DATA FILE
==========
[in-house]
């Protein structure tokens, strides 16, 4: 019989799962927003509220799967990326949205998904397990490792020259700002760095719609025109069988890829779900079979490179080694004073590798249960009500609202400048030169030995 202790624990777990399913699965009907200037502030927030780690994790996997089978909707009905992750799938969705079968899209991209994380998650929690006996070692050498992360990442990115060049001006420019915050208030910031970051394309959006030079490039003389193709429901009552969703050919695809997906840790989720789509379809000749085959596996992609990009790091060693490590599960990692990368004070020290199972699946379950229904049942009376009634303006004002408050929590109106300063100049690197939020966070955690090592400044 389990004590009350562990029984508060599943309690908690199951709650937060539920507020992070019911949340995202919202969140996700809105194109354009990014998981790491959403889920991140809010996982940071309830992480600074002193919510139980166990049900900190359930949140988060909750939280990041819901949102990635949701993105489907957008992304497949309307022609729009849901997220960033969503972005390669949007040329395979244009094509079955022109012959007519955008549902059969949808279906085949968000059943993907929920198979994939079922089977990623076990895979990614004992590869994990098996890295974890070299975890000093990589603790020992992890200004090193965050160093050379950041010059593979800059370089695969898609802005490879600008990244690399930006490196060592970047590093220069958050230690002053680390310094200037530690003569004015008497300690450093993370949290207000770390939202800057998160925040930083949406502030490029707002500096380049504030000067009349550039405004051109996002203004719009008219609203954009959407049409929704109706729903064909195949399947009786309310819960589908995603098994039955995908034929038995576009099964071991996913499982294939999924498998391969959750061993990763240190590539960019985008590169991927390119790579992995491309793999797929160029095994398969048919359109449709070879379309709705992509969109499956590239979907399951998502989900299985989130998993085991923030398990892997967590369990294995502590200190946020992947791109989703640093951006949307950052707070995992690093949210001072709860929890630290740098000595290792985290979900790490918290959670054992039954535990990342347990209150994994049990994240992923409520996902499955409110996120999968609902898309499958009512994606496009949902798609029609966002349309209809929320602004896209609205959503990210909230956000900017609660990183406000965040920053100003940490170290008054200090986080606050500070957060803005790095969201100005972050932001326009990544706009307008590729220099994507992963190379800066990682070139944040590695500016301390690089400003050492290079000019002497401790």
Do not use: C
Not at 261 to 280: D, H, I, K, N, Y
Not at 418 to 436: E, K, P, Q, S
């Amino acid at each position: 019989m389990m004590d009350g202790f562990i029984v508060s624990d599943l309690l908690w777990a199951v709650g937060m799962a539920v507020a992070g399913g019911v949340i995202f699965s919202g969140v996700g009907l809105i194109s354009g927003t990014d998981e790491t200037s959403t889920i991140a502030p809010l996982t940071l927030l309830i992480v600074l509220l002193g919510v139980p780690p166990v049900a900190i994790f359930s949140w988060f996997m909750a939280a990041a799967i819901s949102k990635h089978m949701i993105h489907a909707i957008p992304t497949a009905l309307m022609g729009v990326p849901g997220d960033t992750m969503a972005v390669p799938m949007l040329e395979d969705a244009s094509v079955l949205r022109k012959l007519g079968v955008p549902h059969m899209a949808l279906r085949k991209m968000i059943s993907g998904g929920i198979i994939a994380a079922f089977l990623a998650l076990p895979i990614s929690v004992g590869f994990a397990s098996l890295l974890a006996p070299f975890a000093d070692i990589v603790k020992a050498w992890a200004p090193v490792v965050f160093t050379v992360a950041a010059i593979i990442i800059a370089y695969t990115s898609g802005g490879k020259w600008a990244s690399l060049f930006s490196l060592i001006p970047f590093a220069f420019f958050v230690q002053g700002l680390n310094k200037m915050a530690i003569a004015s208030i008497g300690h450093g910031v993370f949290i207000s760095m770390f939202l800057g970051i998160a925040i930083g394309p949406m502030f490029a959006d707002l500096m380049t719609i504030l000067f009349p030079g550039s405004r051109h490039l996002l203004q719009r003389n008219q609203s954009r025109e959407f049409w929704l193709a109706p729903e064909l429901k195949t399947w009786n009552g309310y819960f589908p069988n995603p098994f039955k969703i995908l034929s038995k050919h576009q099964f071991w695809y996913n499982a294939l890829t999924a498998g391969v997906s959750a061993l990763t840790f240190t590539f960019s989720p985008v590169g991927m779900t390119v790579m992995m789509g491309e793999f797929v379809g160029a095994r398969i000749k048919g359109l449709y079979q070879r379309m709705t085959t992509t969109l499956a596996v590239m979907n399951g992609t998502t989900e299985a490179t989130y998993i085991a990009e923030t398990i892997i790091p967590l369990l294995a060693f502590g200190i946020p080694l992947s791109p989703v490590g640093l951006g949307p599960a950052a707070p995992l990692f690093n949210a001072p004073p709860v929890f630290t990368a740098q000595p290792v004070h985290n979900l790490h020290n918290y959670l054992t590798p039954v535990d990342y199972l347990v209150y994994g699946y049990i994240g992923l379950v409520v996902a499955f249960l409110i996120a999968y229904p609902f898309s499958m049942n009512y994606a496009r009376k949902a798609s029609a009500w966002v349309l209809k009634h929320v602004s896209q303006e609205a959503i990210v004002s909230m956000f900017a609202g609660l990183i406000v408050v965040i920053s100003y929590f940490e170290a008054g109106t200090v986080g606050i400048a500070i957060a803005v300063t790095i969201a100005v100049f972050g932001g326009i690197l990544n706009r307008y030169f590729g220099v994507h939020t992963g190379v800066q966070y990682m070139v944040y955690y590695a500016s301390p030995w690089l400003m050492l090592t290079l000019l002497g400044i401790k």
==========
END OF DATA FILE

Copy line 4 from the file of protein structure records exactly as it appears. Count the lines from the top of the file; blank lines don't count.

Not at 261 to 280: D, H, I, K, N, Y